A favored holiday spice, nutmeg is hallucinogenic to dogs. The idea of our dog enjoying a little psychedelic experience might seem fun, but a full teaspoon of ground nutmeg is dangerous — your dog can develop tremors, muscle spasms, seizures and nausea vomiting, the effects of which may be fatal.
So enjoy your eggnog and keep it away from your beloved pooch. You can share the holiday spirit with other dog-safe snacks made from foods such as pumpkin or sweet potatoes.
Lemons and limes
Lemons and other citrus fruits such as limes and oranges are unsafe for dogs to eat. These fruits — especially the peel — contain toxic essential oils and high amounts of citric acid that can wreak havoc on your dog's digestive system.
Macadamia nuts are one of the most poisonous foods for dogs. It only takes a small amount (around 5 to 40 nuts in a medium-sized dog) to trigger vomiting, high body temperature, lethargy, difficulty walking and other neurological problems.
The high fat content in macadamia nuts can also trigger pancreatitis, an inflammation of the pancreas that may develop into a chronic condition. Dogs that suffer from pancreatitis experience abdominal pain, dehydration, vomiting and loss of appetite.
Onions, garlic, chives and leeks
Onions, garlic and other members of the allium family (chives, shallots and leeks) contain toxic compounds that can cause vomiting, diarrhea, anemia, weakness, liver damage, and allergic reactions in dogs. A small amount isn't lethal but it's best to avoid feeding your dog anything with these ingredients (raw or cooked).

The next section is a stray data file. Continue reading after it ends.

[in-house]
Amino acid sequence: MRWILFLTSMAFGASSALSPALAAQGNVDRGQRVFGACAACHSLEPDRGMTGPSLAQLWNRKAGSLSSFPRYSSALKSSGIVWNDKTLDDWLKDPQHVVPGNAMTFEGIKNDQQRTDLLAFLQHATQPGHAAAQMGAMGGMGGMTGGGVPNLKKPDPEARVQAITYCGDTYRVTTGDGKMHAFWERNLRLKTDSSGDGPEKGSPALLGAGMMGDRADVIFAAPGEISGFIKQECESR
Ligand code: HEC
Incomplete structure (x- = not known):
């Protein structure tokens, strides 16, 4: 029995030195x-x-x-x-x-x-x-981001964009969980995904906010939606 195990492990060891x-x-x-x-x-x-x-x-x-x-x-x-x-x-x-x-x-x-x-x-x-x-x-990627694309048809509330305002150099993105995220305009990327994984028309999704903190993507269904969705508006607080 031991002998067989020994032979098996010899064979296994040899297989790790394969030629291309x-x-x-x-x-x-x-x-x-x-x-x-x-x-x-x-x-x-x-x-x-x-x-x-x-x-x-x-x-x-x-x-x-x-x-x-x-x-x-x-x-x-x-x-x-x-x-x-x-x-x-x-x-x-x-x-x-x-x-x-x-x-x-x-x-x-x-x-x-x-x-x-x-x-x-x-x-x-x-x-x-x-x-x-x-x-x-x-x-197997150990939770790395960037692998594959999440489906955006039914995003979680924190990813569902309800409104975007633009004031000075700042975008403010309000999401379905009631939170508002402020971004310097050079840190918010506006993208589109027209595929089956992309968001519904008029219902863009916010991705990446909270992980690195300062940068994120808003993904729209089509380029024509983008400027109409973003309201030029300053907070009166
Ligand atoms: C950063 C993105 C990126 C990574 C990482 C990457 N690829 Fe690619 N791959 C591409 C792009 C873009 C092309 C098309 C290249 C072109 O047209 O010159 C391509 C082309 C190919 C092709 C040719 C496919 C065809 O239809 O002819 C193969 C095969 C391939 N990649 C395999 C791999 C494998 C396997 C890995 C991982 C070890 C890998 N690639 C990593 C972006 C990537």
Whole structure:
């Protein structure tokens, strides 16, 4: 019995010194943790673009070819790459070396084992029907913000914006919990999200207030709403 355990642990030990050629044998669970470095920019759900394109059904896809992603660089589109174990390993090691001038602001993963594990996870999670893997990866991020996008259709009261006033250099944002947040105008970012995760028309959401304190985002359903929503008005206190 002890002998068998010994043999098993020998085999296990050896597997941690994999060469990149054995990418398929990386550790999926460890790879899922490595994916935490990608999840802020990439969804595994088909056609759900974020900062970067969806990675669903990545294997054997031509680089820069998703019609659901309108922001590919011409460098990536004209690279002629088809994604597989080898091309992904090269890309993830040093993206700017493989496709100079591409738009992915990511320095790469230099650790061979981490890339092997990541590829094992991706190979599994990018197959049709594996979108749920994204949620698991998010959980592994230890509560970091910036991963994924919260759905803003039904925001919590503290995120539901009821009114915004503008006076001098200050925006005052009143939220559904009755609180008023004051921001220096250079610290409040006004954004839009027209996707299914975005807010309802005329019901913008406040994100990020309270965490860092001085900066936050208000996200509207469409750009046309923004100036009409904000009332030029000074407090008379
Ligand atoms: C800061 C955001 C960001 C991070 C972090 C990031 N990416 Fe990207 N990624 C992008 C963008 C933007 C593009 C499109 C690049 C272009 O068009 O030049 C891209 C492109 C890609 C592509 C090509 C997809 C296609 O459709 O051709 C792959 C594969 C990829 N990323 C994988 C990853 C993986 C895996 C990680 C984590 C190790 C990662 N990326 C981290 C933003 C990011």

The prevalence of these vegetables in most home-cooked meals and store-bought products is one of the reasons why vets strongly advise against feeding your dog table scraps and prepared food items.
Even a little bit of alcohol is toxic to dogs and can cause abdominal pain, bloating, ataxia (abnormal movements) and coma.
Unbaked bread dough is an unexpected source of alcohol, too — as it continues to rise and ferment in the dog's stomach, it will produce alcohol and may lead to alcohol poisoning.
Raw or undercooked meat
The American Veterinary Medical Association does not recommend feeding raw meat to cats and dogs because of the health risks associated with uncooked meat. Though dogs are able to digest raw meat, feeding them uncooked meat products may expose them to harmful bacteria such as E. coli and salmonella.
The American Veterinary Medical Association (AVMA) discourages feeding your pet raw or undercooked eggs. Raw eggs contain avidin, a protein that can decrease the absorption of biotin, a B vitamin, and cause issues with your dog's skin, coat and even their nervous system. Raw eggs may harbor salmonella and other harmful bacteria, as well.
Cooking eggs fully neutralizes the effect of avidin and kills off any dangerous bacteria, leaving only the nutrients that are beneficial to your pet: biotin, protein, vitamins and fatty acids.